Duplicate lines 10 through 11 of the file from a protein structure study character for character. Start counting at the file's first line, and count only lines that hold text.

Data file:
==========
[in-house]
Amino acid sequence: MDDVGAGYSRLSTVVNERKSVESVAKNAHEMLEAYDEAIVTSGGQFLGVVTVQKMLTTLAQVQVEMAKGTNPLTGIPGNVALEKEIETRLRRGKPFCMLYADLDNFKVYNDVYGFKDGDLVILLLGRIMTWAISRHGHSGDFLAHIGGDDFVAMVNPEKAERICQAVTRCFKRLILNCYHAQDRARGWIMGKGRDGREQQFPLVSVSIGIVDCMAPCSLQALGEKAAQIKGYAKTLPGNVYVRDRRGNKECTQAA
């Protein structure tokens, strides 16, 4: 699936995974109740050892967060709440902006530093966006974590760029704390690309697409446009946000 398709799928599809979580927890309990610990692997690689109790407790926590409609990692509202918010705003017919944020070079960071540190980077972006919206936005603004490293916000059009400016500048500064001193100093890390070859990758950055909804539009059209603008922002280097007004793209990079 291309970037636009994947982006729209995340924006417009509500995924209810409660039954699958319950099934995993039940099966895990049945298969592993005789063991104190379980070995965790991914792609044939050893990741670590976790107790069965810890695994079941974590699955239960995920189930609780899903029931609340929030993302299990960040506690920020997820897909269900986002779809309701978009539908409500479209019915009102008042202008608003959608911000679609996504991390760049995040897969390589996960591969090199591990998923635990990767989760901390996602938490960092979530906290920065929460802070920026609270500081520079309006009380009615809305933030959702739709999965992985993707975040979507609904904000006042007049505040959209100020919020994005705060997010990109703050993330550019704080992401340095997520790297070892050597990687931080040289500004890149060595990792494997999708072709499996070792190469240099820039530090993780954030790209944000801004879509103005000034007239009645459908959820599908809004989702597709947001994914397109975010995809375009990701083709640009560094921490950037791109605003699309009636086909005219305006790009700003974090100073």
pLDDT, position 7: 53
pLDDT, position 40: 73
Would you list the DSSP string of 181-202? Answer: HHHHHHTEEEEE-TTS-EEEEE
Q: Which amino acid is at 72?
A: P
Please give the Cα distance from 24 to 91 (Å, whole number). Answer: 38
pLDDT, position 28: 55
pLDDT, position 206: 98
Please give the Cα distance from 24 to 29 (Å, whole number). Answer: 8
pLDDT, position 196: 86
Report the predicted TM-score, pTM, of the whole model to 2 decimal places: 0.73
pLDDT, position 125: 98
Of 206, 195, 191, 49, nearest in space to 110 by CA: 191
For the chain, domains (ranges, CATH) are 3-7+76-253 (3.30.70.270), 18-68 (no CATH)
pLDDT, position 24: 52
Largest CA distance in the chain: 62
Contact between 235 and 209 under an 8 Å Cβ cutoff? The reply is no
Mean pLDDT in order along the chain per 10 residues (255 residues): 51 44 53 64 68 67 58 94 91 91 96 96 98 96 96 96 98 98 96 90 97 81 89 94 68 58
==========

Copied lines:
pLDDT, position 28: 55
pLDDT, position 206: 98